Digitalization and robotization continue to encourage organizations to exploit opportunities in automating jobs and expanding across functions and supply chains. These trends put pressure on organizations to reduce costs, maximize efficiency, and outperform competitors. Consequently, organizations start looking to mergers and acquisitions (M&A) as a means to achieve synergistic effects. The annual number of M&A deals and investments continues to skyrocket, and ongoing technological developments will only amplify their proliferation. Nevertheless, for many of these deals, the projected benefits are never realized, as organizations struggle with overcoming challenges that emerge during integration of their newly acquired companies. This creates a need to establish what competencies organizations need to be equipped with in order to realize desired M&A benefits. Dealing with something so beneficial, yet challenging to achieve, this thesis ponders: How does an organization make successful acquisitions? To date, the majority of existing research exploits a resource-based view of the firm to identify what competencies are useful in successfully acquiring and integrating companies. While organizations continue to fail in their M&A efforts, we seem to need an alternative way to approach the recipe for success. We suggest that such study requires scrutiny of the acquisition process, unfolding all its complexity, challenges, and uniqueness. With this objective, we did a qualitative case study of a Danish printing organization, LaserTryk.dk A/S, which has done 16 acquisitions in the past five years. Data collection involved nine semi-structured interviews with a focus on LaserTryk’s procedures and methods of acquiring companies, analyzed through the perspective of a trajectory, introduced by Anselm Strauss. Such analysis divides the acquisition trajectory into what actors plan to do, what they do, and where things go off course. This allows for categorizing contingencies, deriving concepts that explain the ways in which they are managed. Results involve a description of an acquisition trajectory, which combines researchers’ perceptions and involved actors’ perspectives. Implications of the results underline that acquisitions are highly shaped by involved people, who cannot always predict the outcome of the deal. Instead, actors must develop competence to adapt or respond to unforeseen changes in the process.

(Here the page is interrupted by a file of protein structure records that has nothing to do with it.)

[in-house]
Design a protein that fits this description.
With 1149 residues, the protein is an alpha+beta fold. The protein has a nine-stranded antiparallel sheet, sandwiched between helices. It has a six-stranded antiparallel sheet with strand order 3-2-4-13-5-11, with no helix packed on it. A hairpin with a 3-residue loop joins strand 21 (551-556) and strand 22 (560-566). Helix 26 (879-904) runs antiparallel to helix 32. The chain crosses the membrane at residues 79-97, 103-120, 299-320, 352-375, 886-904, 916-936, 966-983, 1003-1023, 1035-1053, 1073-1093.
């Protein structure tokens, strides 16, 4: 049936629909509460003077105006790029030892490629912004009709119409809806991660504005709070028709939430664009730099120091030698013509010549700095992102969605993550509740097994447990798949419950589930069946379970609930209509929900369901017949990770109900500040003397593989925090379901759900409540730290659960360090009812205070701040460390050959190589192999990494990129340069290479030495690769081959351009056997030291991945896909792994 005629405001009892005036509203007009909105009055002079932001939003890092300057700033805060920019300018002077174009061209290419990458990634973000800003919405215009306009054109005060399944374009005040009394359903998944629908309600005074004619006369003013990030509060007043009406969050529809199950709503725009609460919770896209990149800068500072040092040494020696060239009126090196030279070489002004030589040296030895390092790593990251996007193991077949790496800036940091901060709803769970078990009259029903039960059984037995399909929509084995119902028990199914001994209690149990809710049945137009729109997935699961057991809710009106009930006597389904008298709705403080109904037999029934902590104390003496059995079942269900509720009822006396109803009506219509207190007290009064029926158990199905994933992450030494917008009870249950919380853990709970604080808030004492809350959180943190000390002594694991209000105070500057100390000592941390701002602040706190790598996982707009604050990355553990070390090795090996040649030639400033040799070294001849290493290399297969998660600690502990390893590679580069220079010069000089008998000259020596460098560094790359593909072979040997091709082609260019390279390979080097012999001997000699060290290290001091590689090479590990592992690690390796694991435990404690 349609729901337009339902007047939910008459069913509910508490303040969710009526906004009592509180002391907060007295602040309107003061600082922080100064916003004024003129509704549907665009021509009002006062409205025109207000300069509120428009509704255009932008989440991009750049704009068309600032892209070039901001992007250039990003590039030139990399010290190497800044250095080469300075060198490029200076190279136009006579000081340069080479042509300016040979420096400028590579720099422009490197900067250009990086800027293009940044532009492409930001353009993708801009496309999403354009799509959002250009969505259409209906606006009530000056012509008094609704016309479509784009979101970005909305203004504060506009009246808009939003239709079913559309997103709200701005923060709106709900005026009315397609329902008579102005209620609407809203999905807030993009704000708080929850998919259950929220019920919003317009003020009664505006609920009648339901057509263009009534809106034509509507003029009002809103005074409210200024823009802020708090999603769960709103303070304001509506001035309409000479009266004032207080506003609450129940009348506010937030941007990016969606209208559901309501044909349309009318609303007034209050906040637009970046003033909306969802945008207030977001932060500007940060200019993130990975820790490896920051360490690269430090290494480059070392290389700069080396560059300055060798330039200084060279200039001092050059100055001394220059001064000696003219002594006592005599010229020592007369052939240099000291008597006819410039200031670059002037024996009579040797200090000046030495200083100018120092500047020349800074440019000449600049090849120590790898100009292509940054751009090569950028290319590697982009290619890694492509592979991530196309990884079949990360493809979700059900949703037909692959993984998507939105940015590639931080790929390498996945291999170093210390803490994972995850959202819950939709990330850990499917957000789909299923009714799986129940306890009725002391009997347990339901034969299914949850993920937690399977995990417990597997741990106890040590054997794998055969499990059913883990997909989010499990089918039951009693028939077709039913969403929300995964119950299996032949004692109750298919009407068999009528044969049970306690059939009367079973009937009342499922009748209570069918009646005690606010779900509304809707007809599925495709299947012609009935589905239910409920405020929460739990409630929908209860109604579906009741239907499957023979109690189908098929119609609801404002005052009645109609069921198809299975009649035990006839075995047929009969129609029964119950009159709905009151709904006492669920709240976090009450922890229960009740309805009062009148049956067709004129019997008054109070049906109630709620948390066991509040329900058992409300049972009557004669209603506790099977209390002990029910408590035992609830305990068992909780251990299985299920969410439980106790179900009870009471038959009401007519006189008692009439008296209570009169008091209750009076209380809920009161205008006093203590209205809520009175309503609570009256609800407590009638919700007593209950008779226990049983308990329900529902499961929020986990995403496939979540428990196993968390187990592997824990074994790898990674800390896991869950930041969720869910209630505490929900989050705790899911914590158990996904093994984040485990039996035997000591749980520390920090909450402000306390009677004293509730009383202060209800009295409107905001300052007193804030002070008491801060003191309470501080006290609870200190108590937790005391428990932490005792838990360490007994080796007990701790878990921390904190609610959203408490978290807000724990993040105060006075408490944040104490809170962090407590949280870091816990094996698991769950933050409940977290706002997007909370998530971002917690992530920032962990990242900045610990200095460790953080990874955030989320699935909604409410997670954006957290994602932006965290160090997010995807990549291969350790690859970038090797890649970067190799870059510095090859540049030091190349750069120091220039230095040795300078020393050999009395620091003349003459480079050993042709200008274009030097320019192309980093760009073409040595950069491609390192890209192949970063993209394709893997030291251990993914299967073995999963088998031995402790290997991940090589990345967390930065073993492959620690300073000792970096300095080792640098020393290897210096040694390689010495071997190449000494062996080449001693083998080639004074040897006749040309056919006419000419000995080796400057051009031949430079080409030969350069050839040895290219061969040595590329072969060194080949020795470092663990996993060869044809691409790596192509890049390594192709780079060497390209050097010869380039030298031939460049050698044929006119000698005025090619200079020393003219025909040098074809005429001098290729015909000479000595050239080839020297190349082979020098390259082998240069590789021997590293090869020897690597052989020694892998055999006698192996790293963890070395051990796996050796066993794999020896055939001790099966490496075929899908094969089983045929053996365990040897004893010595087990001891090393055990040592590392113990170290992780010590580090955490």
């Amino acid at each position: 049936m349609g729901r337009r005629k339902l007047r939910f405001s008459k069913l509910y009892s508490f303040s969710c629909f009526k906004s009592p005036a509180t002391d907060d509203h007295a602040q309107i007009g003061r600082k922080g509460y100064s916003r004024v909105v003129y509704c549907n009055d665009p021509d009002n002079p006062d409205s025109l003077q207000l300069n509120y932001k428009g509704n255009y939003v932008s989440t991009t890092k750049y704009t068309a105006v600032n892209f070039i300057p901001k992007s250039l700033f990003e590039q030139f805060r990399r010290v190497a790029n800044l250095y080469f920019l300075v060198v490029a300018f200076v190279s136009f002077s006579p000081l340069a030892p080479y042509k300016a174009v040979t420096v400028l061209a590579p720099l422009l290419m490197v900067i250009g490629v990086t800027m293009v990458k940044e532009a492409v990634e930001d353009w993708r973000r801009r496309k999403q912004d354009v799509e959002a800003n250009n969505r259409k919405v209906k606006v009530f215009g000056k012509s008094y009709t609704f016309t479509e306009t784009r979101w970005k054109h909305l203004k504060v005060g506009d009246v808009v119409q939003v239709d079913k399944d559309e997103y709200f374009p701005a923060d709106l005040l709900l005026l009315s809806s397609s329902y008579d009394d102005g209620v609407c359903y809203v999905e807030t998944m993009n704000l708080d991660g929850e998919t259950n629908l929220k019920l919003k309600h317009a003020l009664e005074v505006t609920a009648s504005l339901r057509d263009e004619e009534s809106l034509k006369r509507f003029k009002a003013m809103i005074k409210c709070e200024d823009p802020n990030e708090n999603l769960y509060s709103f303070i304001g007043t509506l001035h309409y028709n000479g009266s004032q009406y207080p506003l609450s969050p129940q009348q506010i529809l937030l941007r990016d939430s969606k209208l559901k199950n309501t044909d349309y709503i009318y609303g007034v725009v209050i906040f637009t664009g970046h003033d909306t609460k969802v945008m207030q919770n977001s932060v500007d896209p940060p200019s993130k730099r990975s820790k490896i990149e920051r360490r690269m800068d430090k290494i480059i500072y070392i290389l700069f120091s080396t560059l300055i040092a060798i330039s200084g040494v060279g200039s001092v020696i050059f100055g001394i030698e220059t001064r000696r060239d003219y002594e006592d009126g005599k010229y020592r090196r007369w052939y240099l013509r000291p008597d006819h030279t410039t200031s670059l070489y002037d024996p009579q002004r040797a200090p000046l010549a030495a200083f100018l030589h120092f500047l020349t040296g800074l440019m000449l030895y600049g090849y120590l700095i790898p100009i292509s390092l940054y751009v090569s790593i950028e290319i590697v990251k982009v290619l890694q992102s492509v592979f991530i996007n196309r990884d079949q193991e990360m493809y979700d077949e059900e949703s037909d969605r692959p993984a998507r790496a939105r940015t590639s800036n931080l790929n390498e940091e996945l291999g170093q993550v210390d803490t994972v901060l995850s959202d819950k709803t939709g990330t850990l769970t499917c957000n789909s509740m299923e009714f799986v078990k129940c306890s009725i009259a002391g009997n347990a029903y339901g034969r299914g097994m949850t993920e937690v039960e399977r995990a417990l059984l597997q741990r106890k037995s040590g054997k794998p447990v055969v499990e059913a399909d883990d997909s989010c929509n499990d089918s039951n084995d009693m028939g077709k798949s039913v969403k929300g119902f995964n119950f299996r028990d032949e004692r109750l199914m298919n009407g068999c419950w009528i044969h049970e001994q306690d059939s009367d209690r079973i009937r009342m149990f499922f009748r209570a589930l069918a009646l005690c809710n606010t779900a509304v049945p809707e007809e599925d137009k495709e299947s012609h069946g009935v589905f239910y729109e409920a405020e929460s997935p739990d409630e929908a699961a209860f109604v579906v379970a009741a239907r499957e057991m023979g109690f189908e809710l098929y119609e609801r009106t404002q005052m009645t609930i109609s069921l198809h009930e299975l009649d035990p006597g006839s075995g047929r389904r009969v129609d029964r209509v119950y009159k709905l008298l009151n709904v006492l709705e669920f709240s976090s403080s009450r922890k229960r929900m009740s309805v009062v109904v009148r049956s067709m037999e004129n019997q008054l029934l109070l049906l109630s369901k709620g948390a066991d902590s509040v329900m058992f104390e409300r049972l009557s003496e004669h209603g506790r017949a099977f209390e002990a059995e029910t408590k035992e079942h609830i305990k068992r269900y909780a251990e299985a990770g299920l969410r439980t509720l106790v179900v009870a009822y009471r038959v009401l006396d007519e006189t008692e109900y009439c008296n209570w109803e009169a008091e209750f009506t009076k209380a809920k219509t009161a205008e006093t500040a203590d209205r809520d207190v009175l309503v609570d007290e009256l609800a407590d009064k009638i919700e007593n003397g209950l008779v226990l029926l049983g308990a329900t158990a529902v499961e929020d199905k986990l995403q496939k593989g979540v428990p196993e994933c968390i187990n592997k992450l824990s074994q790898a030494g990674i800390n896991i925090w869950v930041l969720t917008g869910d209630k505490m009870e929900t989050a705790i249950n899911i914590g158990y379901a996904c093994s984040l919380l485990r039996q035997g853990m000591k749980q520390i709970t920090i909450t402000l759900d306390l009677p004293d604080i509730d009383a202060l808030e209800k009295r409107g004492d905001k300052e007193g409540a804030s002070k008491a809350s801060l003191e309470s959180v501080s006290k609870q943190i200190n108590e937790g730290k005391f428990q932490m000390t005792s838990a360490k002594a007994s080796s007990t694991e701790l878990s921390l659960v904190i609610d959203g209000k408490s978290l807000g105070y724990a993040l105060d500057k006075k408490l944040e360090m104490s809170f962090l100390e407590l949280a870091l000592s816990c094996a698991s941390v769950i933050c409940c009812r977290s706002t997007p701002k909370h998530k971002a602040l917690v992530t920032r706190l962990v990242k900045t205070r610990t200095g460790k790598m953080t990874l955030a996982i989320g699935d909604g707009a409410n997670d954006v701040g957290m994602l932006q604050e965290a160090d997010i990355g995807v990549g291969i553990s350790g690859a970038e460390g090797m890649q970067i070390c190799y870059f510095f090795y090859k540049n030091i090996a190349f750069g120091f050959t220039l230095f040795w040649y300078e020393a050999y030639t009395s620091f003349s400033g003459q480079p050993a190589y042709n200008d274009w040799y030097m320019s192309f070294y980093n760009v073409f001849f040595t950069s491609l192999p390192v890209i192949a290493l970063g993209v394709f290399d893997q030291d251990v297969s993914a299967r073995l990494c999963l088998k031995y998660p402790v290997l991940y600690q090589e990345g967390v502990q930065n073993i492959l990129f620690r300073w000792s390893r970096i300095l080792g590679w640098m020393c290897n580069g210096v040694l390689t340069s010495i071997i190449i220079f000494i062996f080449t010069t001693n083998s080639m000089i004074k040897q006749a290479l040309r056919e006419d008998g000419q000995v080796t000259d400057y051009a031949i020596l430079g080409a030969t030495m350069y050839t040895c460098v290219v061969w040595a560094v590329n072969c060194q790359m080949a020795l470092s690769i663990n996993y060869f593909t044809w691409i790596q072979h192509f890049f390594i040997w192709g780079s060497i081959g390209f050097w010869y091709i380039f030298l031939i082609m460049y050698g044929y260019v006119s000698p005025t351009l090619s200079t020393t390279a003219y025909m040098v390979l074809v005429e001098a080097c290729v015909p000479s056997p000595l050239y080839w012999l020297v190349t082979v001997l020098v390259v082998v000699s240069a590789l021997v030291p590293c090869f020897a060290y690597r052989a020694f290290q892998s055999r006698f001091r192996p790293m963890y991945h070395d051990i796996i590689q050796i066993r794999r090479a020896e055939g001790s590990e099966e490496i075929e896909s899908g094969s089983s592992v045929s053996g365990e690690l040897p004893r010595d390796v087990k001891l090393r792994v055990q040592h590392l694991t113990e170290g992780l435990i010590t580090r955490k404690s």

|Educations||MSc in Business Administration and Information Systems, (Graduate Programme) Final Thesis|
|Number of pages||288|